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Kayla Katler and her boyfriend, Derek Ellison, were eagerly awaiting the arrival of their first child, Brayden, in July 2014. But midway through Kayla’s sixth month of pregnancy, tragedy struck.
Kayla, 21, abruptly started having intense headaches accompanied by nausea and occasional vomiting. Over the next several days, her pain progressively worsened, so she went to the ER for evaluation.
“She was admitted for a migraine, and that’s all anyone thought it was,” Derek recalls. “The next day, we found out that there was a blood clot.”
Doctors initially believed the blood clot would dissolve naturally, but Kayla’s symptoms suddenly took a turn for the worse.
An MRI showed that Kayla’s blood clot had caused a massive brain bleed. Before doctors could perform a cerebral angiogram to determine the exact location of the hemorrhage, Kayla suffered a seizure and became unresponsive.
“I never saw her with her eyes open again,” Derek says.
Kayla was put on life support and pronounced brain-dead shortly thereafter.
On July 21, Kayla passed away. An emergency C-section was performed to save baby Brayden’s life.
“I just couldn’t believe that my grandson was there and my daughter was no longer there,” Kayla’s mother, Christy, says. “They never even met each other.”
Brayden spent nearly two months in the neonatal intensive care unit before Derek was able to take him home.
When news of Kayla’s death broke, Derek and Christy received an outpouring of support from family, friends and complete strangers in their community. In response to a Facebook page set up by one of Kayla’s cousins, baby Brayden received hundreds of donations, including car seats, strollers and furniture. Additionally, a GoFundMe page was created to help raise money for Brayden’s college fund.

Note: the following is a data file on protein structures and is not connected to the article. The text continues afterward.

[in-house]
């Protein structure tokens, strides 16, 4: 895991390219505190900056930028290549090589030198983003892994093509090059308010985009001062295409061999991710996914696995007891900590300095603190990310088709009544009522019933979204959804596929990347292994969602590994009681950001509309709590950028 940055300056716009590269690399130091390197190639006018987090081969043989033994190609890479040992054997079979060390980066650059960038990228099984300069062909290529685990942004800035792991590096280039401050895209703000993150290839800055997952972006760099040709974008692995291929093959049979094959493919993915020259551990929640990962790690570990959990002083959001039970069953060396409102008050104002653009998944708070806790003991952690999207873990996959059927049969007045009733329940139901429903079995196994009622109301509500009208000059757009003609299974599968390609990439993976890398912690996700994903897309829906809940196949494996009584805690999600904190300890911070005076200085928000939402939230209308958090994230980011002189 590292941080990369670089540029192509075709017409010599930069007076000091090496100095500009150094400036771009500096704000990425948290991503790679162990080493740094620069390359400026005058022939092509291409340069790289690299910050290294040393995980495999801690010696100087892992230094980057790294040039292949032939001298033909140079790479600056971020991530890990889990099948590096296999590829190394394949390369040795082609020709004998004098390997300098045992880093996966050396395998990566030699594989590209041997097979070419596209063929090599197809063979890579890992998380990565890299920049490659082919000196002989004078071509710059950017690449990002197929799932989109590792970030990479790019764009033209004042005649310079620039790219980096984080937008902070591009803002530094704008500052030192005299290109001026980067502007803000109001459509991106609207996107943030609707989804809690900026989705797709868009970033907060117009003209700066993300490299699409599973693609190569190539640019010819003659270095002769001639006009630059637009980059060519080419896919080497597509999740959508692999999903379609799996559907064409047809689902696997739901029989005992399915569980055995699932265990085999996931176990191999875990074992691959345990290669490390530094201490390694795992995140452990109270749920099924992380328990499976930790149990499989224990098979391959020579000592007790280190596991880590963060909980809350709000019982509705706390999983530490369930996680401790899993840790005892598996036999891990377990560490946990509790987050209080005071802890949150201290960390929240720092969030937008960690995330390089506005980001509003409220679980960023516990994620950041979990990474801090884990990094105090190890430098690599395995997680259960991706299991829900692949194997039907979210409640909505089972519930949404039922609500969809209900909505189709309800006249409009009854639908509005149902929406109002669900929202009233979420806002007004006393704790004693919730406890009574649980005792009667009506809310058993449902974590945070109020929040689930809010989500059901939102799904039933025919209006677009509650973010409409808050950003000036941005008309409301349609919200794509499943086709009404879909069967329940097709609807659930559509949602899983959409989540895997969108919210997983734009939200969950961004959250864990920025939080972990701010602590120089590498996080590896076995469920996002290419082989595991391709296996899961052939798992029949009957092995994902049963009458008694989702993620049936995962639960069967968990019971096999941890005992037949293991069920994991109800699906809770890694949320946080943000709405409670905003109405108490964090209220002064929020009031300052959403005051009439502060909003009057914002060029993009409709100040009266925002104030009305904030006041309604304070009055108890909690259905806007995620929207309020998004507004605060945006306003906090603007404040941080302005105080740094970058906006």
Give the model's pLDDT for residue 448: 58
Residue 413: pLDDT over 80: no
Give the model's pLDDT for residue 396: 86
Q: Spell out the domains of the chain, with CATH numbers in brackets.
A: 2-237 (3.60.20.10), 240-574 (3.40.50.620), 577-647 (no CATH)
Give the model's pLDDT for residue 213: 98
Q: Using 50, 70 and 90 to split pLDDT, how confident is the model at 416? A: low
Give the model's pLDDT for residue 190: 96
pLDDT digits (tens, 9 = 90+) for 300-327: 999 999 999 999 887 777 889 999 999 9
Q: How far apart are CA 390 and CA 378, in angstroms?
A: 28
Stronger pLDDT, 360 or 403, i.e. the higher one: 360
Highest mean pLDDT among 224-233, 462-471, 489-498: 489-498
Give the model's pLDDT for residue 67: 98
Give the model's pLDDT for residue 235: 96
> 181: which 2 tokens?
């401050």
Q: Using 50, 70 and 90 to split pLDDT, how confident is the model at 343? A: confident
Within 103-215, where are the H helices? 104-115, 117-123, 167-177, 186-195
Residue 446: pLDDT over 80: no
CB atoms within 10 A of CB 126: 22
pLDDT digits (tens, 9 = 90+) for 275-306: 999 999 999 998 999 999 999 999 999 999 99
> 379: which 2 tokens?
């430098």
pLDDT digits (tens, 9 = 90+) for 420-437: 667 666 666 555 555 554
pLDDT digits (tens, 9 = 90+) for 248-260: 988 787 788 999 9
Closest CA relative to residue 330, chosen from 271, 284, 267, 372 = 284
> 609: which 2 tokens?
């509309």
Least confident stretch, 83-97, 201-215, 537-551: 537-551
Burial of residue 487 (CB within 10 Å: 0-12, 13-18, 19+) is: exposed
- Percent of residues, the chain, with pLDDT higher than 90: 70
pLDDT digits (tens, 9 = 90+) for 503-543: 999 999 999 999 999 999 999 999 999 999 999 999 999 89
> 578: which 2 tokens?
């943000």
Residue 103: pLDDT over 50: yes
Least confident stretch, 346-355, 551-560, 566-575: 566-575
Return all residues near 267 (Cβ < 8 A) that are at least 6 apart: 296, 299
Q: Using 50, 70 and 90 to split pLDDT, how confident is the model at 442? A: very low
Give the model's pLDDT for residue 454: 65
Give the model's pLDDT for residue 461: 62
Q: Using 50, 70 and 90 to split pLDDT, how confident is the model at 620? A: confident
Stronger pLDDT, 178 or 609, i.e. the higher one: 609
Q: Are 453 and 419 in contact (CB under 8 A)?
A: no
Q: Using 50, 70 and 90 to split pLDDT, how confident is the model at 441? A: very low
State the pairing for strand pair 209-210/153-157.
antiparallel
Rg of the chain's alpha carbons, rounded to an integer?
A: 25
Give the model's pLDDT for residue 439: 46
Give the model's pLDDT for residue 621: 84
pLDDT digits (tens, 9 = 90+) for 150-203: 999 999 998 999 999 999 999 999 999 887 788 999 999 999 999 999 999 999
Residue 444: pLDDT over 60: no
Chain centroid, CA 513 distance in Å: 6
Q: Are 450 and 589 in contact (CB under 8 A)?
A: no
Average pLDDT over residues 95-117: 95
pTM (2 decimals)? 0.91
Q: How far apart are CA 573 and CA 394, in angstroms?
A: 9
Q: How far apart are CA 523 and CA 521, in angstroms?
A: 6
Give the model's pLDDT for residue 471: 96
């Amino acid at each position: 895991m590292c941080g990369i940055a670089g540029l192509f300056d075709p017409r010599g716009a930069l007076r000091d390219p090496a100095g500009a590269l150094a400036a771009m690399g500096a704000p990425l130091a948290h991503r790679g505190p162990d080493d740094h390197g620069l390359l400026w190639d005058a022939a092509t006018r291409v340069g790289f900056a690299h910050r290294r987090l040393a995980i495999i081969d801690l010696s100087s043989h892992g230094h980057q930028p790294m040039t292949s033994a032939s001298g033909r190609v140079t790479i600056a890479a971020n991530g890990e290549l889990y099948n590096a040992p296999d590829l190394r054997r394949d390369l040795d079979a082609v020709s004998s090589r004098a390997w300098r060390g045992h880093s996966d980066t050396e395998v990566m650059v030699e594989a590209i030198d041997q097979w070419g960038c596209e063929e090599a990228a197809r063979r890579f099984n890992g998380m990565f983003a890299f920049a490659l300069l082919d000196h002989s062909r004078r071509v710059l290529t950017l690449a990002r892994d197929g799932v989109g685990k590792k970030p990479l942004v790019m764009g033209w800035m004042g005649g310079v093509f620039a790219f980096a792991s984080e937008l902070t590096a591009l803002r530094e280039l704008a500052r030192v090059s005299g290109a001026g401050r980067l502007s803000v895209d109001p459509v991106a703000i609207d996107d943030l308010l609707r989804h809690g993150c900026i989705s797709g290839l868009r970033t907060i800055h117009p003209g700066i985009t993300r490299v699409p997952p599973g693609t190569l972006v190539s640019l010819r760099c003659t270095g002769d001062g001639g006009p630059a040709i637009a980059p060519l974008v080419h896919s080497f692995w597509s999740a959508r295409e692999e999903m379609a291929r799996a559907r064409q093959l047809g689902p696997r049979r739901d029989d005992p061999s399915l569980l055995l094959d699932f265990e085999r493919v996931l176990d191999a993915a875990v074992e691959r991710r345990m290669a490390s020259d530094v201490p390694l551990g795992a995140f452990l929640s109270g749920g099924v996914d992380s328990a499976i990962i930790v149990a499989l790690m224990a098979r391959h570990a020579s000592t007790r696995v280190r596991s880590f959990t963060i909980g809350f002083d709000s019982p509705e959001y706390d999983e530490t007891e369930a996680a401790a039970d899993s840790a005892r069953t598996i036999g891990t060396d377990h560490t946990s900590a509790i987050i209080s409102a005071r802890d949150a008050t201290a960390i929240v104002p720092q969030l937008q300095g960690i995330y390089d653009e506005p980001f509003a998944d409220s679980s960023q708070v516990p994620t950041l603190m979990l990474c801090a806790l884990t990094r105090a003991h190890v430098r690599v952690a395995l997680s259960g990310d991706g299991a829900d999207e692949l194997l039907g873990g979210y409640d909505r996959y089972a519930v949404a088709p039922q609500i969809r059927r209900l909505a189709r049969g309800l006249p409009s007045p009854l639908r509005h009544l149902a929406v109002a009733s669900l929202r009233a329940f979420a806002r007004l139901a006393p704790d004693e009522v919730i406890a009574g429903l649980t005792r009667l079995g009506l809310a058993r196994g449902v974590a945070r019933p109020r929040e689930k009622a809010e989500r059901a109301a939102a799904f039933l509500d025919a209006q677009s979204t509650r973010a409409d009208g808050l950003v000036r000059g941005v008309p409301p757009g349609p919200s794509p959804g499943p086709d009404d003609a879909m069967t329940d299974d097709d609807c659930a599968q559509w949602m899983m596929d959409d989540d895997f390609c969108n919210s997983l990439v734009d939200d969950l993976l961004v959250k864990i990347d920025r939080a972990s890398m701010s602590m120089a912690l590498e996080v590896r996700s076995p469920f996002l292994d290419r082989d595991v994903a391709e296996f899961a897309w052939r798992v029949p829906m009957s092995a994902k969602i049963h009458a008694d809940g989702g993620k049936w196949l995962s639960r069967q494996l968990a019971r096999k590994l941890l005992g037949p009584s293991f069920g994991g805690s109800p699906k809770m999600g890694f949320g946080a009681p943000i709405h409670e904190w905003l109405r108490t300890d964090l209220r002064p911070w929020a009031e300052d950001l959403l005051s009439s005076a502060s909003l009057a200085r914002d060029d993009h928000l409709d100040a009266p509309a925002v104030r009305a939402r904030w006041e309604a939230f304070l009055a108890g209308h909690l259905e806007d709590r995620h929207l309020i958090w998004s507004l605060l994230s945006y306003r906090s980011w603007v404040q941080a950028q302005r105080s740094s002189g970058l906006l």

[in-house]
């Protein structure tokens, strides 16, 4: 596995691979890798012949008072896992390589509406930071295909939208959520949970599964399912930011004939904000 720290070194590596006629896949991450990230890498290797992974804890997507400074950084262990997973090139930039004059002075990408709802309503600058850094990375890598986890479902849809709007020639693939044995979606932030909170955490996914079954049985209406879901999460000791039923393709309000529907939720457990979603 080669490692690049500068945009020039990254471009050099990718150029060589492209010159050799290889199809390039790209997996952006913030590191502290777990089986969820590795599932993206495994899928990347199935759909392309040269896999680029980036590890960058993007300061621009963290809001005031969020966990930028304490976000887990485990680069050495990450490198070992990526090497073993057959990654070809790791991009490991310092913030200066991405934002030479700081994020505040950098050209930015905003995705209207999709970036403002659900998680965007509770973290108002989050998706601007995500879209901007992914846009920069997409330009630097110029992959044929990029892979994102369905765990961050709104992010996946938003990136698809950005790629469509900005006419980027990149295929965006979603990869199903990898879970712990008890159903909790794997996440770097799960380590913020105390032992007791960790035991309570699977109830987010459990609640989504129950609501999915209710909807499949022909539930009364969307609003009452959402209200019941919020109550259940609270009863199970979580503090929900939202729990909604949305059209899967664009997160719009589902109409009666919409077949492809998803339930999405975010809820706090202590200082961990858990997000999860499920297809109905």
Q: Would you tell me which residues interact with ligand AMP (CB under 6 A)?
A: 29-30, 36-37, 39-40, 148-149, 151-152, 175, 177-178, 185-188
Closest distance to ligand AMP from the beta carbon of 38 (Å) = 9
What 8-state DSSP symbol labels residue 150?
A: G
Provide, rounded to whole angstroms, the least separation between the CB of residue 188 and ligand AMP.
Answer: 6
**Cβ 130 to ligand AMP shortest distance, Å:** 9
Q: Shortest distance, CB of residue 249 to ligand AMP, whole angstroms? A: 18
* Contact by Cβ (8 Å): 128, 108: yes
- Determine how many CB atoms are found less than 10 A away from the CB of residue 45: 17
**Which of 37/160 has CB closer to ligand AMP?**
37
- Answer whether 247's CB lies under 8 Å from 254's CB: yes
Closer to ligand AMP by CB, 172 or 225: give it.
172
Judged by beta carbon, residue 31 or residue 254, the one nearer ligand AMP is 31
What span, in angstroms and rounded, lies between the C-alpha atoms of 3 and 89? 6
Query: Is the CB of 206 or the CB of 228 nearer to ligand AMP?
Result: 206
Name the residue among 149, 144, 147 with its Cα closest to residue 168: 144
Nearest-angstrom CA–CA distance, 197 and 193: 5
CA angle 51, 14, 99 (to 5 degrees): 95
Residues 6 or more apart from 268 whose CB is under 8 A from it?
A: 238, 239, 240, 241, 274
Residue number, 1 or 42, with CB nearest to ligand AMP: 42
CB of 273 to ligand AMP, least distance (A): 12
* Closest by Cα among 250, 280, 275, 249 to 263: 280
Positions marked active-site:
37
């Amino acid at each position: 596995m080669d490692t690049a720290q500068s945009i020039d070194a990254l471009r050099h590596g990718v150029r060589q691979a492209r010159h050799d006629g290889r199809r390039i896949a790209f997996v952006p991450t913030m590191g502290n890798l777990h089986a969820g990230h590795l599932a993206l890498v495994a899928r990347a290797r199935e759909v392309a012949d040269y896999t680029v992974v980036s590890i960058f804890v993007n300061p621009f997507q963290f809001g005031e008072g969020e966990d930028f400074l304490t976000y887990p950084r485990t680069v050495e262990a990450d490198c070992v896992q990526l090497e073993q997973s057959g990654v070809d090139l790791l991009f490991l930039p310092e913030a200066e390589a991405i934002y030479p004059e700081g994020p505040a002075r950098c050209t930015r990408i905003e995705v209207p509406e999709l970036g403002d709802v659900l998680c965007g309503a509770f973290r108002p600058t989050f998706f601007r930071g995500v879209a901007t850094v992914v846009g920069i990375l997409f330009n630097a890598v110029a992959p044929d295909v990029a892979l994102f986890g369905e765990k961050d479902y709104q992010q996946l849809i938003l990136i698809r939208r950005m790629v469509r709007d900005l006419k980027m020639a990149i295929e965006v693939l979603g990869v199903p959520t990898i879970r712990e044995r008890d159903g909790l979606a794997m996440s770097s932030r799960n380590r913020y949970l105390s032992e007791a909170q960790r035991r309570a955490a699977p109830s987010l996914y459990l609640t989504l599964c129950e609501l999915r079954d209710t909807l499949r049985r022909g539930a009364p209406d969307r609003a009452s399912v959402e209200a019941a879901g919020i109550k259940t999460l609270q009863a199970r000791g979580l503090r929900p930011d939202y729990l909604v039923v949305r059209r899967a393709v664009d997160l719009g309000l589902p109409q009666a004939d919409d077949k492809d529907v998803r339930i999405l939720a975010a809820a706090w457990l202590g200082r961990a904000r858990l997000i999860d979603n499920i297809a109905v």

“I want Brayden to know that his mom loved him … how amazing of a person she was,” Derek says. “I see so much of her in him. She is going to live on forever through our story.”
Pregnant women are four to five times more likely to develop blood clots due to hormonal changes that cause hypercoagulation of platelets. Blood clots are more likely to occur during the first trimester of pregnancy or within the first six weeks after giving birth.
Women who are diagnosed with blood clots during pregnancy typically are treated with anticoagulants, but not all blood-thinning medicines are deemed safe for developing babies.
Symptoms of blood clots are dependent on their location, but the majority form in veins that are deep within the legs. When deep vein thrombosis (DVT) occurs, it can have fatal consequences, particularly if the clot breaks off and travels to the heart, lungs or brain.
While pregnant women are more susceptible to blood clots, they potentially can happen in anyone.
According to the Mayo Clinic, other risk factors for blood clots include:
- Prolonged bed rest
- Sitting for long periods of time
- Being overweight or obese
- Being over the age of 60
- Birth control pills
- Hormone replacement therapy
- Certain types of cancer
- Heart failure
- Inflammatory bowel disease
- Personal or family history with DVT or pulmonary embolism
- Genetic predisposition to blood-clotting disorders
“If you have unexplained swelling in your lower extremities, maybe some increasing redness, pain, and there’s no physical cause or reason for it, that could be the start of a blood clot,” ER physician Dr. Travis Stork says. “It’s something you need to be on top of, because most people don’t know to look for it.”